When Hope is Gone


Austin J Public Health Epidemiol. 2016; 3(3): 1041.

When Hope is Gone

Singh A1* and Purohit BM2

1Department of Dentistry, All India Institute of Medical Sciences (AIIMS), India

2Department of Public Health Dentistry, Peoples College of Dental Sciences & Research Centre, India

*Corresponding author: Abhinav Singh, Department of Dentistry, All India Institute of Medical Sciences (AIIMS), Ministry of Health & Family Welfare, Government of India, Bhopal, India

Received: April 25, 2016; Accepted: May 09, 2016; Published: May 10, 2016


Dentistry in India is currently being challenged to maintain its professional character. The pliable Universities and Councils were used to bend rules and violate standards of quality for accelerating the business of medical and dental education. Examination system of these schools has been traumatized. Dental professionals in teaching institutes are insecure regarding wages and employment. If the current situation persists, as at present the failures will compound and so will the feeling of helplessness and hopelessness.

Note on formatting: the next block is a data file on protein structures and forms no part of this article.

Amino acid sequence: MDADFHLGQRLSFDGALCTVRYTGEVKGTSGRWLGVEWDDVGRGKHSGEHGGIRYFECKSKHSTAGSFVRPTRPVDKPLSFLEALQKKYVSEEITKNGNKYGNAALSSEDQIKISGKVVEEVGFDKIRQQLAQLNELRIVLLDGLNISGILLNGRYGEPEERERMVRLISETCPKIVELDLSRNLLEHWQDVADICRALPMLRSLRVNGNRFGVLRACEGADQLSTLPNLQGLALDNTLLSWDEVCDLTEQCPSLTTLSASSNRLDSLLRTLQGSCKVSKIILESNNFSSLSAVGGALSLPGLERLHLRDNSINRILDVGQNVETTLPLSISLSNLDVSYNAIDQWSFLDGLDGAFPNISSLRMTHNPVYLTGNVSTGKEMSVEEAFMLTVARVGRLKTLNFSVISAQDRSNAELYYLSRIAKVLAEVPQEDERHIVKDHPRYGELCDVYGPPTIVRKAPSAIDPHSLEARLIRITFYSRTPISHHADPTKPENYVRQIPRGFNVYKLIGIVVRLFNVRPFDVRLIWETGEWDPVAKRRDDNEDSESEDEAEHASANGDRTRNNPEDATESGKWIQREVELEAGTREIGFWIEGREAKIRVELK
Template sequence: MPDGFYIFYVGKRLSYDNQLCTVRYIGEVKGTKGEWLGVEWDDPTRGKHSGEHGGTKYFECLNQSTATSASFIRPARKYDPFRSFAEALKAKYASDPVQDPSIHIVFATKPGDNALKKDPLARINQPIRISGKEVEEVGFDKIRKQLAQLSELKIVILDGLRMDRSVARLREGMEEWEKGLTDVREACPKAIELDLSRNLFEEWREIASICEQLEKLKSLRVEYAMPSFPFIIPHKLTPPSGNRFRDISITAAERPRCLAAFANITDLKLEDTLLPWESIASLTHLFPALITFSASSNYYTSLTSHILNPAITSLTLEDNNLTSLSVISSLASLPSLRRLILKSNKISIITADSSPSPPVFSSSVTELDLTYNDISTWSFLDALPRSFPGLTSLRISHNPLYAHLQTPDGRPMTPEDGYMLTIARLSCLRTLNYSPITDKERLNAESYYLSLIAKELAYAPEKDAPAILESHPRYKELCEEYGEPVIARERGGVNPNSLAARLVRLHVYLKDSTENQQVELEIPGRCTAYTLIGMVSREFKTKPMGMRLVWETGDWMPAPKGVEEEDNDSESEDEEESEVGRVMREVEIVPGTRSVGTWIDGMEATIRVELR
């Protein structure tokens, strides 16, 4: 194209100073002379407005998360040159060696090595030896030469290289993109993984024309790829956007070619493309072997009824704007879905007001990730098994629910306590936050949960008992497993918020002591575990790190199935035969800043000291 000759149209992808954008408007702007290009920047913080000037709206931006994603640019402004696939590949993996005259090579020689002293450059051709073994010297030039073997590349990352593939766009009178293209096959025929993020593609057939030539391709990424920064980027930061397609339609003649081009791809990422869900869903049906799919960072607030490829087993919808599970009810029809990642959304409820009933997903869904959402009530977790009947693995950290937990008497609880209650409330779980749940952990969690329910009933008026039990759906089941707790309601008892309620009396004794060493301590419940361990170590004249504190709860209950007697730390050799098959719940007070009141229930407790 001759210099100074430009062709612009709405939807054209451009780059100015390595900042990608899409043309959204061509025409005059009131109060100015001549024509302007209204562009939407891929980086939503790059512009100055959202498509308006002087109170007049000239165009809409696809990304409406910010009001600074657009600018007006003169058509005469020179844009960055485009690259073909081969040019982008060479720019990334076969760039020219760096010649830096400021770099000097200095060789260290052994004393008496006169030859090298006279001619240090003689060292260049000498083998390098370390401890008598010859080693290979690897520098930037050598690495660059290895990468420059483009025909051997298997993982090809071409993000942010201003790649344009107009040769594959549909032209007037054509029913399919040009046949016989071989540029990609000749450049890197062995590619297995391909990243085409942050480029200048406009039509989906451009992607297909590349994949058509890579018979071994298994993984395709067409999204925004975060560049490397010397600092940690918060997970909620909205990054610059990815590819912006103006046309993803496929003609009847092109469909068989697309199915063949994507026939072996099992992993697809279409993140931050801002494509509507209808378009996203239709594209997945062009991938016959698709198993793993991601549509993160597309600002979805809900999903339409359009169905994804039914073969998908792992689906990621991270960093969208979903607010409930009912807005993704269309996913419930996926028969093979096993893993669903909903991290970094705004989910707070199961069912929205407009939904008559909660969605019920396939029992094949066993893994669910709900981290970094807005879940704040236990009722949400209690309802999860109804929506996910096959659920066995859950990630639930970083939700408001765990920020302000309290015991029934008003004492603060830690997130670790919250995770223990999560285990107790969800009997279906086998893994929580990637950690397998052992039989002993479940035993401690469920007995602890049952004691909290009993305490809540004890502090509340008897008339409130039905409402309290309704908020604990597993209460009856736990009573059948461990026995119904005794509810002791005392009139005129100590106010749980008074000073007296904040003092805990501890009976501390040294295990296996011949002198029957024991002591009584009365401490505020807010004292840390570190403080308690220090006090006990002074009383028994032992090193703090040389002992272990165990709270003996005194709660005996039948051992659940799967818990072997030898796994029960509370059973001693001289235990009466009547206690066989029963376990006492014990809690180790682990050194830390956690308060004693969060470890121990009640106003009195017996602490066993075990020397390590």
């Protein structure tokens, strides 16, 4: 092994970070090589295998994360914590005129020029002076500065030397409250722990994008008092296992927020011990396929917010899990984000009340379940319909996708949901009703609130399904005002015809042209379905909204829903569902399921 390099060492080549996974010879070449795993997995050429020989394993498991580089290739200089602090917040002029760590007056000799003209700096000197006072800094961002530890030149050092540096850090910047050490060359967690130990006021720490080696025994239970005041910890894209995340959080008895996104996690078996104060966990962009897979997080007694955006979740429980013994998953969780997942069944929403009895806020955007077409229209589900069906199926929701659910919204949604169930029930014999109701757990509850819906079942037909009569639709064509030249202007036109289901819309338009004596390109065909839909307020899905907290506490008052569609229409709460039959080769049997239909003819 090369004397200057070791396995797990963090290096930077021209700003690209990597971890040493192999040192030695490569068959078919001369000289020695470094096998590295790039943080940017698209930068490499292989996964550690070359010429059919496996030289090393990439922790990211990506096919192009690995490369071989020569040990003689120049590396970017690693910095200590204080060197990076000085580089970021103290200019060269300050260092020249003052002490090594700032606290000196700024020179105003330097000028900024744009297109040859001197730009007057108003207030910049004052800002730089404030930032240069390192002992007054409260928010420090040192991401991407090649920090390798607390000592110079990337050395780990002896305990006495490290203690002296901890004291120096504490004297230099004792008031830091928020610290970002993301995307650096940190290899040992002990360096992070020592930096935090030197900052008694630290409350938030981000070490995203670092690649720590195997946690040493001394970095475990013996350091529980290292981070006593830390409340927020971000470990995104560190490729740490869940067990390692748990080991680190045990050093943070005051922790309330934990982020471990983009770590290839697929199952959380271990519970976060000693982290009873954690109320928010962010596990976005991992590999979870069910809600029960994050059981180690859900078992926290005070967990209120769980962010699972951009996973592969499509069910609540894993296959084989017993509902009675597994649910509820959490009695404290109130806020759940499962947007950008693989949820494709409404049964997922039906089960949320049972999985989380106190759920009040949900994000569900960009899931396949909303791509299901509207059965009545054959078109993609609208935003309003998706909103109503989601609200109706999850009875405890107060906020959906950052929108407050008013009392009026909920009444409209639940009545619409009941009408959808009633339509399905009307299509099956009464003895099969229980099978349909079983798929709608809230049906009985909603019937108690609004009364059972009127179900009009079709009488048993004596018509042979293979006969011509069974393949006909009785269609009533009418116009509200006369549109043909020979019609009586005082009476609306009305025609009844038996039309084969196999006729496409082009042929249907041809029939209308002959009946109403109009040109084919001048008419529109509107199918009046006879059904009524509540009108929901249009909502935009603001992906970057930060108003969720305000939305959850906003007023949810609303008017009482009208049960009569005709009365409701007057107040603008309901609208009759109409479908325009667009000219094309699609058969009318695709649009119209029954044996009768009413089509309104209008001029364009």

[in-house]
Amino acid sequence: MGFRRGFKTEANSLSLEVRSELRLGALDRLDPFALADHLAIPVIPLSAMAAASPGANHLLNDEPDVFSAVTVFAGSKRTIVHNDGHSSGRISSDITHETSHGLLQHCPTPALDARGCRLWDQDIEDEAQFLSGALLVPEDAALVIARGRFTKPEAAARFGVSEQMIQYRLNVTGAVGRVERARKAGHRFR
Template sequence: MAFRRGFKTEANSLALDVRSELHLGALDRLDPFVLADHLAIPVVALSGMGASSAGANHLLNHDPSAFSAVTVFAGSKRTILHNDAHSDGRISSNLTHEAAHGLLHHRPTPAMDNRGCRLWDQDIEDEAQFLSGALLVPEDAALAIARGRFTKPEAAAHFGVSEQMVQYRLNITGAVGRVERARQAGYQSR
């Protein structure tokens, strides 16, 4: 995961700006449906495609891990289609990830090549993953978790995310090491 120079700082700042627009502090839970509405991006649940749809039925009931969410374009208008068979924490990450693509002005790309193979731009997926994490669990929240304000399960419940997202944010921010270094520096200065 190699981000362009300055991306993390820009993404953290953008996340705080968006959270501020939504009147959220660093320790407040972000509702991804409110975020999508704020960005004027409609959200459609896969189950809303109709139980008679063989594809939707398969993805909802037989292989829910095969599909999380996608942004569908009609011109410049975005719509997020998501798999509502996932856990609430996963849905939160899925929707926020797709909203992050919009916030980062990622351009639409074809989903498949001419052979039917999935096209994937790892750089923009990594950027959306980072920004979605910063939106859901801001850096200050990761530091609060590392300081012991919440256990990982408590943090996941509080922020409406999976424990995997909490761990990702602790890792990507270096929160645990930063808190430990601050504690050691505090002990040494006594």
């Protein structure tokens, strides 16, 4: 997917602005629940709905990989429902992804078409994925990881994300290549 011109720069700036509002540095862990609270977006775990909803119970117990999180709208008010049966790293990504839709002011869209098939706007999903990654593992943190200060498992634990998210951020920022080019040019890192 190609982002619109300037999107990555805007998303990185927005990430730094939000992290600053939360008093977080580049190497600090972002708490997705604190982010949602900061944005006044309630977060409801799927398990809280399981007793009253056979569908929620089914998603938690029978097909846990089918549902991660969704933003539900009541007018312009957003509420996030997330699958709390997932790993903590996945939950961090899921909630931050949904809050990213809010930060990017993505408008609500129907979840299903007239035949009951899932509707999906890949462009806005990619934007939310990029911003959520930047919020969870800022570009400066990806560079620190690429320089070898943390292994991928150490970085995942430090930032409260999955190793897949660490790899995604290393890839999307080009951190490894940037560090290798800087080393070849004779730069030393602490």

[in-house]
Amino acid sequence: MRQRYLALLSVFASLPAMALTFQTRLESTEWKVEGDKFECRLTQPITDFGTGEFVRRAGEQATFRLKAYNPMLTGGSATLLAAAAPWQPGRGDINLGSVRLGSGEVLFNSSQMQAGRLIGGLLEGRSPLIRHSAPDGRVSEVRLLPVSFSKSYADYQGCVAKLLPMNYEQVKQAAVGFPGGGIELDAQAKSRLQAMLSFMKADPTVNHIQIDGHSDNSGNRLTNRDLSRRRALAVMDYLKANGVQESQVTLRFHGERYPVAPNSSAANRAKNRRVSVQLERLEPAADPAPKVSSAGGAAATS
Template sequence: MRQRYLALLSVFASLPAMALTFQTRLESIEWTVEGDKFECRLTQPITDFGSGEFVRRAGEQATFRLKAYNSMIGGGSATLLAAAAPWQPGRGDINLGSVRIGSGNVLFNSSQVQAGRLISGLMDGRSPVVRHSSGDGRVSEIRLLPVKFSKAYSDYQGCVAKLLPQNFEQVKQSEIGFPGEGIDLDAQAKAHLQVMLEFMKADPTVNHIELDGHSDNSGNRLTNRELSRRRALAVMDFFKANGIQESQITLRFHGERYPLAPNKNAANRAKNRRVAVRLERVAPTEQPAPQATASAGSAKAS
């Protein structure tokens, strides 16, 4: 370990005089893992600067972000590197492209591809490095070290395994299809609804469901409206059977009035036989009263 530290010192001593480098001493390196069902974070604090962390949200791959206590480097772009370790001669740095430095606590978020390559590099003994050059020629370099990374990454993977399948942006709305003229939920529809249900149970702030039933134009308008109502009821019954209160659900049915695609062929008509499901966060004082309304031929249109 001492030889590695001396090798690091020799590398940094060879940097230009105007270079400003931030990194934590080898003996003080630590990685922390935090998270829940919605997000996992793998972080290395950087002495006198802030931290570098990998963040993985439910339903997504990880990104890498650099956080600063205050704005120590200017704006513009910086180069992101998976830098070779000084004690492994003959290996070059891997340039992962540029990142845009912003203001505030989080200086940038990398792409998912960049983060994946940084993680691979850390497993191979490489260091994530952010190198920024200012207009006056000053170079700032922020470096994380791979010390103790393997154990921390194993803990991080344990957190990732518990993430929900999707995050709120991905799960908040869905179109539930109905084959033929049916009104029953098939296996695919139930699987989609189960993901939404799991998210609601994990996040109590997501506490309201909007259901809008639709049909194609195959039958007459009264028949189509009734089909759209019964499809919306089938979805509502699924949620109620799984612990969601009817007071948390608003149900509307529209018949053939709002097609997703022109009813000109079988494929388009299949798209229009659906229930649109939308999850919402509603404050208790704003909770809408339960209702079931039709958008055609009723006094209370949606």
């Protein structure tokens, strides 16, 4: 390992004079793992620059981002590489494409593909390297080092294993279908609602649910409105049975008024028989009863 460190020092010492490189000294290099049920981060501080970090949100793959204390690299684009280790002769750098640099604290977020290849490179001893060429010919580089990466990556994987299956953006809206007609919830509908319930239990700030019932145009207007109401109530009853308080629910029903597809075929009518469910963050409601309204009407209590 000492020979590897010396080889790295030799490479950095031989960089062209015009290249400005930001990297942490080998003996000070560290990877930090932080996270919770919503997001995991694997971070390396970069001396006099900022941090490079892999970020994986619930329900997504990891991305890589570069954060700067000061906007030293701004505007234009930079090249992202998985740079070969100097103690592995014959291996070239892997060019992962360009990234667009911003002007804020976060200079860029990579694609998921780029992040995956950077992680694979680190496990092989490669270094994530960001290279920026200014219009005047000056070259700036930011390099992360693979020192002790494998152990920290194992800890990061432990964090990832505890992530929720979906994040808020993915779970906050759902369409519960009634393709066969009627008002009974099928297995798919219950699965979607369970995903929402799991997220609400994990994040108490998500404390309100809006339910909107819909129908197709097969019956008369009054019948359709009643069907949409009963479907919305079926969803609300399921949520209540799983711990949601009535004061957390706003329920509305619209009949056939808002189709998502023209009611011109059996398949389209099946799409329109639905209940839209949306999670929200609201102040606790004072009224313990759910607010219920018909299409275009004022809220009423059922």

Keywords: Dentistry; Dental education; Examination system; Job insecurity


When hope is gone, there remains little, if any, energy for the challenges of everyday life. Dental professionals in India are in a state, where there is no one to look upon. Life of dental professionals in India consists of one struggle after another; struggles that they seldom win and the worse is yet to be seen. To uphold ethical values and principles, including those of justice, integrity and fairness remains a daunting challenge. This is a result of pressures applied to the educational system [1].

The pliable Universities and Councils were used to bend rules, fuel dishonesty and violate standards of quality for accelerating the business of medical and dental education. It is therefore not surprising that many of those involved in establishing the moneyspinning colleges are power-brokers working in tandem with the leading lights of profession and the industry [2].